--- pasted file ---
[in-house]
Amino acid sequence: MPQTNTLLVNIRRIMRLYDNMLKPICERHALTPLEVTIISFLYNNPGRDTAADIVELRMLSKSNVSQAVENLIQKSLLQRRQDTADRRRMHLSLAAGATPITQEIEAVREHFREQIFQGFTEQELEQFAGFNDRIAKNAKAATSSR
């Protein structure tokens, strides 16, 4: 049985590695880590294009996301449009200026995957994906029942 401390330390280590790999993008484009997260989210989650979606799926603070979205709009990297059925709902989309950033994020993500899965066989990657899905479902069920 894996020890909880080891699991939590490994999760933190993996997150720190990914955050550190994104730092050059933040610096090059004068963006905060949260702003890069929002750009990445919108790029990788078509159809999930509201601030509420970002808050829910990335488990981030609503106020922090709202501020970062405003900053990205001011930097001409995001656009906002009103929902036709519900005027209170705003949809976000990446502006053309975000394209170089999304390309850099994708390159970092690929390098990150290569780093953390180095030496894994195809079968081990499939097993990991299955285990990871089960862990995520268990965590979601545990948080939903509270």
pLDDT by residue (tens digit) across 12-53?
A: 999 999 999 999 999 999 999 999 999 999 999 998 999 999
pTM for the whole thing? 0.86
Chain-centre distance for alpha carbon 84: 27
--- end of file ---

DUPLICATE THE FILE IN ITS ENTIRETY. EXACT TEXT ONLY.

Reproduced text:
[in-house]
Amino acid sequence: MPQTNTLLVNIRRIMRLYDNMLKPICERHALTPLEVTIISFLYNNPGRDTAADIVELRMLSKSNVSQAVENLIQKSLLQRRQDTADRRRMHLSLAAGATPITQEIEAVREHFREQIFQGFTEQELEQFAGFNDRIAKNAKAATSSR
């Protein structure tokens, strides 16, 4: 049985590695880590294009996301449009200026995957994906029942 401390330390280590790999993008484009997260989210989650979606799926603070979205709009990297059925709902989309950033994020993500899965066989990657899905479902069920 894996020890909880080891699991939590490994999760933190993996997150720190990914955050550190994104730092050059933040610096090059004068963006905060949260702003890069929002750009990445919108790029990788078509159809999930509201601030509420970002808050829910990335488990981030609503106020922090709202501020970062405003900053990205001011930097001409995001656009906002009103929902036709519900005027209170705003949809976000990446502006053309975000394209170089999304390309850099994708390159970092690929390098990150290569780093953390180095030496894994195809079968081990499939097993990991299955285990990871089960862990995520268990965590979601545990948080939903509270």
pLDDT by residue (tens digit) across 12-53?
A: 999 999 999 999 999 999 999 999 999 999 999 998 999 999
pTM for the whole thing? 0.86
Chain-centre distance for alpha carbon 84: 27